Sinn Féin supports the general thrust of the comments made by the previous speakers. I seek clarification on the statement made. I had envisaged there might be a Government amendment to this provision because the Minister made a statement last week when questioned about SACs, NHAs and SPAs. Members made the point that considerable worry had been expressed regarding houses that had been built in areas subsequently designated as SACs, NHAs or SPAs. The concern was that householders would be in trouble were they then obliged to upgrade their septic tanks. A commitment was made by the Minister last week and it certainly does not sit well with section 70C(1)(b)(iii). Therefore, Sinn Féin supports the amendment in that regard.
Sinn Féin also supports the amendment to section 70C(1)(b) to the effect that a practical effort be made in order that it would not "constitute ... a risk to human health or the environment". One point Sinn Féin has been trying to push throughout the debate on the Bill is that, to an extent, it is draconian. It is highly proscriptive in respect of the obligations on citizens, but it provides the Minister with great breadth regarding the regulations he or she might introduce in the future. This provision is another instance of this with which Sinn Féin cannot agree.
I revert to amendment No. 11 and again make the point that Members previously had a lengthy discussion with the Minister on what was the intention. For example, was the intention to inspect the system or the water discharge coming from it? The Minister stated it was to test the system, which is fine, but part of the problem might pertain to the percolation area. Members are aware that there have been a number of shifts with regard to standards for testing in development plans and within the Environmental Protection Agency. There have been instances in which people whose planning permission on land had elapsed after five years were obliged to reapply for permission and perform another percolation test. While the application may have passed the percolation test in the past, it fails the second time. The problem then is such persons may be obliged to install more expensive filter systems, raised percolation beds and so on. What will happen in cases in which planning permission was granted 30, 40 or 50 years ago, at which time there was no difficulty with the percolation area because it met the standards of the day? What will happen in respect of Senator Ó Domhnaill's example of the problem resting with the percolation area because a house was built on a very small parcel of land? It will create difficulties if it is impossible to remediate the problem without encroaching on someone else's land.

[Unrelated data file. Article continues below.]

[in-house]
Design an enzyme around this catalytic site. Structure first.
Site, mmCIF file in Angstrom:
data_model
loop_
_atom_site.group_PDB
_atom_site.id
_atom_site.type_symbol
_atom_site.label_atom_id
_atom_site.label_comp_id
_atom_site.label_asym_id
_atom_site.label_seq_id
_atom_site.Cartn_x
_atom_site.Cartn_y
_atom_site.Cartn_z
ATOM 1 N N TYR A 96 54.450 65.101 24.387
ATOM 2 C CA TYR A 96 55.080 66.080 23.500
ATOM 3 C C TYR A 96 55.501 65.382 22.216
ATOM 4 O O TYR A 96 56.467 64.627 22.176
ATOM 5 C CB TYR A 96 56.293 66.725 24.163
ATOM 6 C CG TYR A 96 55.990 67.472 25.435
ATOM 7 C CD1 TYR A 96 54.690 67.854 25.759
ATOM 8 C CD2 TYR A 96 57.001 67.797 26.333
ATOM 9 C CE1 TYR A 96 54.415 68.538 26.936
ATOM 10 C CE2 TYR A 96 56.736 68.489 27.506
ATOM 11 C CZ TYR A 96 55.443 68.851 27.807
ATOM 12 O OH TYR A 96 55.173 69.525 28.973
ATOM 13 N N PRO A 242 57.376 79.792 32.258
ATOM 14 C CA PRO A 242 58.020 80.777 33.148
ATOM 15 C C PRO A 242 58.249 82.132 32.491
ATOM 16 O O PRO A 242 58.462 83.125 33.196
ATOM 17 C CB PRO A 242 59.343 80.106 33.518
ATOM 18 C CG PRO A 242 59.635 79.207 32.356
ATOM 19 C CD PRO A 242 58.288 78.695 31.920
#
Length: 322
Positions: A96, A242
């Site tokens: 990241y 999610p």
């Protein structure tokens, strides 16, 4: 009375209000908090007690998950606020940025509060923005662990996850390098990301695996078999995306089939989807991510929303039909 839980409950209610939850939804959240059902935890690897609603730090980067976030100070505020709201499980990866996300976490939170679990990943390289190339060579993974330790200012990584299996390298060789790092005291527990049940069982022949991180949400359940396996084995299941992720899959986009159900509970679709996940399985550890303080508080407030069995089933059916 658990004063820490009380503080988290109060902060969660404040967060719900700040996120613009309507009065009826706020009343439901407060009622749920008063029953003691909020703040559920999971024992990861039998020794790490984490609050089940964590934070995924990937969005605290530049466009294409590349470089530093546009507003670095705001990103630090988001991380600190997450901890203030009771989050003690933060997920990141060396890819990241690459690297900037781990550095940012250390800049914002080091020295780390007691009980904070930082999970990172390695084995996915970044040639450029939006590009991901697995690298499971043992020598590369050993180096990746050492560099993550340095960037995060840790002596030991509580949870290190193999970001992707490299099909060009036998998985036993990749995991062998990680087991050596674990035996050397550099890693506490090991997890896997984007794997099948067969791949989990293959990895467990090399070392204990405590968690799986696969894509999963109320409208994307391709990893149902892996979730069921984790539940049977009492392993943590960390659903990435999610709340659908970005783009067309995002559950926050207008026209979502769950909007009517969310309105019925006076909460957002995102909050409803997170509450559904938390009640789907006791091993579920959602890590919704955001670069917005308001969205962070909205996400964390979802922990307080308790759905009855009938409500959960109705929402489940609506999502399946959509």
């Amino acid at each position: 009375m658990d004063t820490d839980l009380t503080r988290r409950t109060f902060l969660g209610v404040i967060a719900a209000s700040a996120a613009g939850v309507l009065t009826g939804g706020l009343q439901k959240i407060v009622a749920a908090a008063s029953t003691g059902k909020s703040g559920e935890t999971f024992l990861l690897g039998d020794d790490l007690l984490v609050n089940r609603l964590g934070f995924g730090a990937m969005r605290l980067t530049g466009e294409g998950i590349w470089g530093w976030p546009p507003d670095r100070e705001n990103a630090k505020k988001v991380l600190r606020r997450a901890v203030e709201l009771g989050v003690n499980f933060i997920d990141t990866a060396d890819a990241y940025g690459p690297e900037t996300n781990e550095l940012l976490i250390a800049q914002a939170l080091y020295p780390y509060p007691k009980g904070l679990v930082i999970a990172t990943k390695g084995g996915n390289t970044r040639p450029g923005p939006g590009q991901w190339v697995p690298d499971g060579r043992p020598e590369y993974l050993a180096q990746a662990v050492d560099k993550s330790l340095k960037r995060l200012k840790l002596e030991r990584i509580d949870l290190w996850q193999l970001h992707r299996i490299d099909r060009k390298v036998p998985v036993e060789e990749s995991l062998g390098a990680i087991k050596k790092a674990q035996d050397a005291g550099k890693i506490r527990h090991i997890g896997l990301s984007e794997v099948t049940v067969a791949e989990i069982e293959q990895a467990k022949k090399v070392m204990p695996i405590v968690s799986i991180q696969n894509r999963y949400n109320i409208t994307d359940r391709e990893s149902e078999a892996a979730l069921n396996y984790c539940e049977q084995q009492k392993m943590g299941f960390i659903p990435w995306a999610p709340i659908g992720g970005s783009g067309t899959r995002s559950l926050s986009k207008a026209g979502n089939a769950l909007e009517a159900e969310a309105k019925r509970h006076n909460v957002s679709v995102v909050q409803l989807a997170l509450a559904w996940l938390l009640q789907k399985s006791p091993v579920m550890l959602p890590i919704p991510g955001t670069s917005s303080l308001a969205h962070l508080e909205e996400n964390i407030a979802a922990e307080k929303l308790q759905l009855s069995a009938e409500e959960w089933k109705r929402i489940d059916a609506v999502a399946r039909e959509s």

Amendment No. 11 allows for some flexibility by stating, "make a practical effort". This is a reasonable proposal because while these situations are hypothetical, they will arise. As the Minister has stated his intention is to ensure the State is in compliance with the European Union directive and the systems are operational, the entire system also must involve the percolation end of the process. If the fault lies there, it could cause a problem in the context of people's ability to remediate. This is the point being made and the reason I support strongly the amendment tabled. I ask the Minister to respond to the points raised.